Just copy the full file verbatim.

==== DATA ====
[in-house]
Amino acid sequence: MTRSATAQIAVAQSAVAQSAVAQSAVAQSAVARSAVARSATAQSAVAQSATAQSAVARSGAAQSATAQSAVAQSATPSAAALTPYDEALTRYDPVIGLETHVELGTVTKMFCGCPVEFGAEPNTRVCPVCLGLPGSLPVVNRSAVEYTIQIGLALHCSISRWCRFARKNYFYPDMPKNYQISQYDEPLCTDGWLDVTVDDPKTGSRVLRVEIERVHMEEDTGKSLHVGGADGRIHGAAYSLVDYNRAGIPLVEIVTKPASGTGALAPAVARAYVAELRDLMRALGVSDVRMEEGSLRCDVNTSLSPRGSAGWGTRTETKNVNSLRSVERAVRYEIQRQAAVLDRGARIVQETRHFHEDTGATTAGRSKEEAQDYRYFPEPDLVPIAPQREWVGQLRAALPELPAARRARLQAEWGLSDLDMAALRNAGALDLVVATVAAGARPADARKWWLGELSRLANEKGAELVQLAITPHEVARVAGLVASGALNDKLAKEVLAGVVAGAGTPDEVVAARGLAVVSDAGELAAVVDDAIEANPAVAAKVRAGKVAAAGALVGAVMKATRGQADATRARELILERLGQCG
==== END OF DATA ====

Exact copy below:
[in-house]
Amino acid sequence: MTRSATAQIAVAQSAVAQSAVAQSAVAQSAVARSAVARSATAQSAVAQSATAQSAVARSGAAQSATAQSAVAQSATPSAAALTPYDEALTRYDPVIGLETHVELGTVTKMFCGCPVEFGAEPNTRVCPVCLGLPGSLPVVNRSAVEYTIQIGLALHCSISRWCRFARKNYFYPDMPKNYQISQYDEPLCTDGWLDVTVDDPKTGSRVLRVEIERVHMEEDTGKSLHVGGADGRIHGAAYSLVDYNRAGIPLVEIVTKPASGTGALAPAVARAYVAELRDLMRALGVSDVRMEEGSLRCDVNTSLSPRGSAGWGTRTETKNVNSLRSVERAVRYEIQRQAAVLDRGARIVQETRHFHEDTGATTAGRSKEEAQDYRYFPEPDLVPIAPQREWVGQLRAALPELPAARRARLQAEWGLSDLDMAALRNAGALDLVVATVAAGARPADARKWWLGELSRLANEKGAELVQLAITPHEVARVAGLVASGALNDKLAKEVLAGVVAGAGTPDEVVAARGLAVVSDAGELAAVVDDAIEANPAVAAKVRAGKVAAAGALVGAVMKATRGQADATRARELILERLGQCG